China's Human Rights Violations
The Chinese government is committing atrocities and human rights violations against the Turkic Muslims in the Xinjiang Uighur Autonomous Region, a northwestern province of China. Chinese authorities detained at least 800,000 and up to 2 million Muslims since 2017; mainly Uyghurs, a predominantly Turkic-speaking ethnic group, along with other ethnic Muslim minorities.

China’s Motives

Riots broke out in Xinjiang in 2009 due to Uyghur mass protests against cultural and economic discrimination and state-incentivized migration of Han Chinese, the dominant ethnic group in China. Since then, the Chinese government worries that Uyghurs hold separatist, religious extremist ideas. Therefore, it justifies its repressive actions as necessary measures in response to threats of terrorism.

Chinese officials launched a Strike Hard Campaign against Violent Extremism in 2014 in Xinjiang, but the repression escalated significantly when Chen Quanguo, the communist party secretary, became the leader of Xinjiang in 2016. Prior to this, Chen Quanguo ruled Tibet from 2011 to 2016, where he implemented a dual strategy to restore and secure national security and social stability. He used aggressive policies to reduce ethnic differences and assimilate Tibetans to Han Chinese, such as re-education programs and intermarriage initiatives. Aside from these ethnic policies, Chen established dense security systems to reinforce this cultural transformation, including militarized surveillance systems. After ruling Tibet, people got to know Chen for restoring stability through the enforcement of the Chinese Communist Party (CCP) rule and for his innovative ethnic policies, which he expanded in Xinjiang, targeting the Uyghur population.

Xinjiang is of particular strategic and economic importance for Beijing as it has the country’s largest natural gas and coal reserves with 40 percent of the national total. Xinjiang is a key area for China’s Belt and Road Initiative, a massive global trade project, as it connects China to the rest of Asia and Europe. Therefore, Beijing may be repressing the Uyghur in Xinjiang for economic reasons to protect its Belt and Road Initiative project in which China invested between $1 to 8 trillion.

China’s Human Rights Violations and Abuses

The autonomous region of Xinjiang changed its legislation to allow local governments to set up re-education camps to intern Muslims, where they must renounce aspects of their religion, learn Mandarin Chinese and praise the CCP, in order to combat extremism. As stated by the Chinese Communist Youth League in March 2017, “the training has only one purpose: to eradicate from the mind thoughts about religious extremism and violent terrorism, and to cure ideological diseases.”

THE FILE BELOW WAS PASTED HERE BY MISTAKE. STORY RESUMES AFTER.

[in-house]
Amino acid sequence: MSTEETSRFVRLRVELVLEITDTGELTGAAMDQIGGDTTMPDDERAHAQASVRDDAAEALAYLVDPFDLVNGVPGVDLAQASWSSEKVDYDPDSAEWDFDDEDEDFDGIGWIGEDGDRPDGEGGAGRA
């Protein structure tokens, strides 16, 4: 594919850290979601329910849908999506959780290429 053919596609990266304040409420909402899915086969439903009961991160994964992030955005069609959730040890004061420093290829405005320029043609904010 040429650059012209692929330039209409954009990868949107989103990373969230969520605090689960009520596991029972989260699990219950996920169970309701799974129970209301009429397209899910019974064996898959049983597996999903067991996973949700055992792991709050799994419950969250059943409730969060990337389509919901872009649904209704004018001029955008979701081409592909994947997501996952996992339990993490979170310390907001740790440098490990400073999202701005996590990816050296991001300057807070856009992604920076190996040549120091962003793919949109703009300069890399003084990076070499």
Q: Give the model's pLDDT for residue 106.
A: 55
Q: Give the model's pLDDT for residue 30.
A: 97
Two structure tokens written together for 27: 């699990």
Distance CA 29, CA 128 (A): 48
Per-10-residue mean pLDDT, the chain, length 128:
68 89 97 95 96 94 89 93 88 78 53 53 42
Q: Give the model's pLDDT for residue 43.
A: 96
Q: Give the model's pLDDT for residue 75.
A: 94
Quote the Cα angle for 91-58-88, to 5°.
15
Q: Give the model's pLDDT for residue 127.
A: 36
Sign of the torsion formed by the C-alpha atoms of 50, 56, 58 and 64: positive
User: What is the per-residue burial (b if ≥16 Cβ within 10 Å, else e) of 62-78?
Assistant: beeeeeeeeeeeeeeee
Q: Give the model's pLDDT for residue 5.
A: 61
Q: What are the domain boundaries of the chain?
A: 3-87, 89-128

Former detainees reported the use of stress positions, beatings, sleep and food deprivation by authorities, as well as the mistreatment and torture in some mass internment facilities as punishment for resisting or failing to learn the lessons taught.

The 11 million Uyghur living in Xinjiang outside of the camps also endure the tightening repressive policies of Chinese authorities who subject people to pervasive surveillance. Authorities use cutting-edge technology including artificial intelligence, big data and phone spyware. The CCP leader Chen Quanguo installed a grid-management system in Xinjiang, which divides the cities into squares of 500 people. A police station monitors each square that is in charge of regularly checking IDs, fingerprints and searching phones.

Global Response to China’s Human Rights Violations

The E.U. issued a statement in 2018 demanding China to respect the freedom of religion and the rights of minorities, as well as change its policies in Xinjiang. In July 2019, over 20 countries collectively signed a letter to the U.N. High Commissioner for Human Rights, condemning China’s human rights violations against Uyghurs in Xinjiang. The letter urges China to allow U.N. experts access to the camps. However, no Muslim-majority country co-signed the joint statement. Instead, Saudi Arabia alongside 36 other countries signed their own letter in which they praised China’s achievements and argue that “human rights are respected and protected in China in the process of counter-terrorism and deradicalization.”

Most human rights organizations and non-governmental organizations also condemned China’s detention of Uyghurs. This was demonstrated in a joint letter that a coalition of five human rights organizations (including Amnesty International, Human Rights Watch, and more) issued to the U.N. Secretary-General, urging the U.N. to take action.

On October 7, 2019, the U.S. blacklisted 28 Chinese organizations, both government agencies and top surveillance companies. This marked the U.S.’s first concrete action in response to China’s human rights violations against Uyghurs, along with the imposed visa restrictions on the Chinese government and communist party officials.

Conclusion

China still dismisses all allegations of human rights violations and uses its permanent seat on the U.N. Security Council to block human rights issues discussions. Immediate investigations on China’s human rights violations against Uyghurs must transpire and the U.N. should access detention camps. The situation in Xinjiang conveys the level of vulnerability ethnic minorities face, and the urgency for the international community to take concrete action.

Andrea Duleux
Photo: Flickr